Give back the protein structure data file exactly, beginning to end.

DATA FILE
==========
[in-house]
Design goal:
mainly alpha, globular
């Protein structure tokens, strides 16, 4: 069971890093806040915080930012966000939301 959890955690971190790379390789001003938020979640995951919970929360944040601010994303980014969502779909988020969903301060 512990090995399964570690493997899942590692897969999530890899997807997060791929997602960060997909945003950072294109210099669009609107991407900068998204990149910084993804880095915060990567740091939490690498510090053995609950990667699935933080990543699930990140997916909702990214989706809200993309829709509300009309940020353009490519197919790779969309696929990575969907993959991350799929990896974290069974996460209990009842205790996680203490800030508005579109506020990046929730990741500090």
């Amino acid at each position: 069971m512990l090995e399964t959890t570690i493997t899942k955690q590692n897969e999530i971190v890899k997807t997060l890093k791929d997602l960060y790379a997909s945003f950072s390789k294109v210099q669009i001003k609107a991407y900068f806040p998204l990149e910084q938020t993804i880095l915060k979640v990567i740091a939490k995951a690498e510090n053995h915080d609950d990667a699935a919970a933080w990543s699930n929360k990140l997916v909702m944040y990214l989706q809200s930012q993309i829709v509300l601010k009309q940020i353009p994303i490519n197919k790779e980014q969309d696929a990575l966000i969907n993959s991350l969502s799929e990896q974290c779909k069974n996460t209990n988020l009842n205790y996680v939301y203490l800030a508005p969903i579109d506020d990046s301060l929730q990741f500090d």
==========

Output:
[in-house]
Design goal:
mainly alpha, globular
């Protein structure tokens, strides 16, 4: 069971890093806040915080930012966000939301 959890955690971190790379390789001003938020979640995951919970929360944040601010994303980014969502779909988020969903301060 512990090995399964570690493997899942590692897969999530890899997807997060791929997602960060997909945003950072294109210099669009609107991407900068998204990149910084993804880095915060990567740091939490690498510090053995609950990667699935933080990543699930990140997916909702990214989706809200993309829709509300009309940020353009490519197919790779969309696929990575969907993959991350799929990896974290069974996460209990009842205790996680203490800030508005579109506020990046929730990741500090």
């Amino acid at each position: 069971m512990l090995e399964t959890t570690i493997t899942k955690q590692n897969e999530i971190v890899k997807t997060l890093k791929d997602l960060y790379a997909s945003f950072s390789k294109v210099q669009i001003k609107a991407y900068f806040p998204l990149e910084q938020t993804i880095l915060k979640v990567i740091a939490k995951a690498e510090n053995h915080d609950d990667a699935a919970a933080w990543s699930n929360k990140l997916v909702m944040y990214l989706q809200s930012q993309i829709v509300l601010k009309q940020i353009p994303i490519n197919k790779e980014q969309d696929a990575l966000i969907n993959s991350l969502s799929e990896q974290c779909k069974n996460t209990n988020l009842n205790y996680v939301y203490l800030a508005p969903i579109d506020d990046s301060l929730q990741f500090d």